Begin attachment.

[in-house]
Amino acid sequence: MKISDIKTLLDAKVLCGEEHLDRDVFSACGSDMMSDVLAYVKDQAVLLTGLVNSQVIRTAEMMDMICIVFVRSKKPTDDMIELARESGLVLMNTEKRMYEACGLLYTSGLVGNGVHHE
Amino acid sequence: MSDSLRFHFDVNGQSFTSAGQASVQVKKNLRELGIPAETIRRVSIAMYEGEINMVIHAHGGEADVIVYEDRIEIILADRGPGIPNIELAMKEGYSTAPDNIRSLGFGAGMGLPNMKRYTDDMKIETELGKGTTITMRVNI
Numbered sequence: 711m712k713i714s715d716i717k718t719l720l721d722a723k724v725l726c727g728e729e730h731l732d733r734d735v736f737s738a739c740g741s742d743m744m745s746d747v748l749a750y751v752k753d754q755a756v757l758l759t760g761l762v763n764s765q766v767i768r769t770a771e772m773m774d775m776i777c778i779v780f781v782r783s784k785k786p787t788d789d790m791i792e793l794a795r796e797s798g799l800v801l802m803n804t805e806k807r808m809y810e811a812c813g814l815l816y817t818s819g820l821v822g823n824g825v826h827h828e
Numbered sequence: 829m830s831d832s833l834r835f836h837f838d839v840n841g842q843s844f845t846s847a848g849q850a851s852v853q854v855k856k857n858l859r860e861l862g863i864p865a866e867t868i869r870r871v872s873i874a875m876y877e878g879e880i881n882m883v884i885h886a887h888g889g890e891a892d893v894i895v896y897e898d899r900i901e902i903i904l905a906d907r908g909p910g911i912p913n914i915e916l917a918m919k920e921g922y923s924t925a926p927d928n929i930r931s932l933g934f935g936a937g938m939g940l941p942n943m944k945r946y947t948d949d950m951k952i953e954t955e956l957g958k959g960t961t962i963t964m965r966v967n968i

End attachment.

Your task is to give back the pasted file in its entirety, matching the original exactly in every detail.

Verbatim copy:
[in-house]
Amino acid sequence: MKISDIKTLLDAKVLCGEEHLDRDVFSACGSDMMSDVLAYVKDQAVLLTGLVNSQVIRTAEMMDMICIVFVRSKKPTDDMIELARESGLVLMNTEKRMYEACGLLYTSGLVGNGVHHE
Amino acid sequence: MSDSLRFHFDVNGQSFTSAGQASVQVKKNLRELGIPAETIRRVSIAMYEGEINMVIHAHGGEADVIVYEDRIEIILADRGPGIPNIELAMKEGYSTAPDNIRSLGFGAGMGLPNMKRYTDDMKIETELGKGTTITMRVNI
Numbered sequence: 711m712k713i714s715d716i717k718t719l720l721d722a723k724v725l726c727g728e729e730h731l732d733r734d735v736f737s738a739c740g741s742d743m744m745s746d747v748l749a750y751v752k753d754q755a756v757l758l759t760g761l762v763n764s765q766v767i768r769t770a771e772m773m774d775m776i777c778i779v780f781v782r783s784k785k786p787t788d789d790m791i792e793l794a795r796e797s798g799l800v801l802m803n804t805e806k807r808m809y810e811a812c813g814l815l816y817t818s819g820l821v822g823n824g825v826h827h828e
Numbered sequence: 829m830s831d832s833l834r835f836h837f838d839v840n841g842q843s844f845t846s847a848g849q850a851s852v853q854v855k856k857n858l859r860e861l862g863i864p865a866e867t868i869r870r871v872s873i874a875m876y877e878g879e880i881n882m883v884i885h886a887h888g889g890e891a892d893v894i895v896y897e898d899r900i901e902i903i904l905a906d907r908g909p910g911i912p913n914i915e916l917a918m919k920e921g922y923s924t925a926p927d928n929i930r931s932l933g934f935g936a937g938m939g940l941p942n943m944k945r946y947t948d949d950m951k952i953e954t955e956l957g958k959g960t961t962i963t964m965r966v967n968i